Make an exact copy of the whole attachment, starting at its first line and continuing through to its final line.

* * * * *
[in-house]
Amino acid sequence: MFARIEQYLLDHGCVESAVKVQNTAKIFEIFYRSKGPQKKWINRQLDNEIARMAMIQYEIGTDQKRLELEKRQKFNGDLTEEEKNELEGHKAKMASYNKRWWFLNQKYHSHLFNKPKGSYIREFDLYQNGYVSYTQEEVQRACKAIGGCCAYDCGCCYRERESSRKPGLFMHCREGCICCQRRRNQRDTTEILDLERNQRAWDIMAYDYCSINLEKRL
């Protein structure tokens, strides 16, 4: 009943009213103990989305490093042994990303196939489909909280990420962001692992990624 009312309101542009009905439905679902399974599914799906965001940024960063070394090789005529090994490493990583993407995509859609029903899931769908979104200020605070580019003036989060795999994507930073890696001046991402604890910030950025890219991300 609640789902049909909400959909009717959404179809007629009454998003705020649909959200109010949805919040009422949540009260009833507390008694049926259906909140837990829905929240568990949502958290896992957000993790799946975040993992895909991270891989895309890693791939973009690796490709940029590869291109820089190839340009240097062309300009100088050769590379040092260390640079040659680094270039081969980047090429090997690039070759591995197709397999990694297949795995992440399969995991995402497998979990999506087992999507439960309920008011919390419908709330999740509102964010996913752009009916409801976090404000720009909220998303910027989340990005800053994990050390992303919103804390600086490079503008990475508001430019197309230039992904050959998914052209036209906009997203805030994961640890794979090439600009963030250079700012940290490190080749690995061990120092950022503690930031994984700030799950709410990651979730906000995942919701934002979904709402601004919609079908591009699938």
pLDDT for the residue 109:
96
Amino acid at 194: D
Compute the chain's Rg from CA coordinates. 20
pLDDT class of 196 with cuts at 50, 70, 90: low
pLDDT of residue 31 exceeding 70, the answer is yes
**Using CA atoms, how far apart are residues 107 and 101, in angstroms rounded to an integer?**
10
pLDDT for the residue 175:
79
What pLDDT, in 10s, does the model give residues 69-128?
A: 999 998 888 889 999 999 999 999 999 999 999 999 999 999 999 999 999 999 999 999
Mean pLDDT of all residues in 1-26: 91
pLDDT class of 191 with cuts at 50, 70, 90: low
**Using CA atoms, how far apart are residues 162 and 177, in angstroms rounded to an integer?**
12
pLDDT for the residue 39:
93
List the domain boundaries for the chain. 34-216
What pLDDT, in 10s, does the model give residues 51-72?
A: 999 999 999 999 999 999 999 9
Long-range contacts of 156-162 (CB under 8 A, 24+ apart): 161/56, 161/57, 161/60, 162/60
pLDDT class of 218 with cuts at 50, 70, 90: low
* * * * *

[in-house]
Amino acid sequence: MFARIEQYLLDHGCVESAVKVQNTAKIFEIFYRSKGPQKKWINRQLDNEIARMAMIQYEIGTDQKRLELEKRQKFNGDLTEEEKNELEGHKAKMASYNKRWWFLNQKYHSHLFNKPKGSYIREFDLYQNGYVSYTQEEVQRACKAIGGCCAYDCGCCYRERESSRKPGLFMHCREGCICCQRRRNQRDTTEILDLERNQRAWDIMAYDYCSINLEKRL
């Protein structure tokens, strides 16, 4: 009943009213103990989305490093042994990303196939489909909280990420962001692992990624 009312309101542009009905439905679902399974599914799906965001940024960063070394090789005529090994490493990583993407995509859609029903899931769908979104200020605070580019003036989060795999994507930073890696001046991402604890910030950025890219991300 609640789902049909909400959909009717959404179809007629009454998003705020649909959200109010949805919040009422949540009260009833507390008694049926259906909140837990829905929240568990949502958290896992957000993790799946975040993992895909991270891989895309890693791939973009690796490709940029590869291109820089190839340009240097062309300009100088050769590379040092260390640079040659680094270039081969980047090429090997690039070759591995197709397999990694297949795995992440399969995991995402497998979990999506087992999507439960309920008011919390419908709330999740509102964010996913752009009916409801976090404000720009909220998303910027989340990005800053994990050390992303919103804390600086490079503008990475508001430019197309230039992904050959998914052209036209906009997203805030994961640890794979090439600009963030250079700012940290490190080749690995061990120092950022503690930031994984700030799950709410990651979730906000995942919701934002979904709402601004919609079908591009699938």
pLDDT for the residue 109:
96
Amino acid at 194: D
Compute the chain's Rg from CA coordinates. 20
pLDDT class of 196 with cuts at 50, 70, 90: low
pLDDT of residue 31 exceeding 70, the answer is yes
**Using CA atoms, how far apart are residues 107 and 101, in angstroms rounded to an integer?**
10
pLDDT for the residue 175:
79
What pLDDT, in 10s, does the model give residues 69-128?
A: 999 998 888 889 999 999 999 999 999 999 999 999 999 999 999 999 999 999 999 999
Mean pLDDT of all residues in 1-26: 91
pLDDT class of 191 with cuts at 50, 70, 90: low
**Using CA atoms, how far apart are residues 162 and 177, in angstroms rounded to an integer?**
12
pLDDT for the residue 39:
93
List the domain boundaries for the chain. 34-216
What pLDDT, in 10s, does the model give residues 51-72?
A: 999 999 999 999 999 999 999 9
Long-range contacts of 156-162 (CB under 8 A, 24+ apart): 161/56, 161/57, 161/60, 162/60
pLDDT class of 218 with cuts at 50, 70, 90: low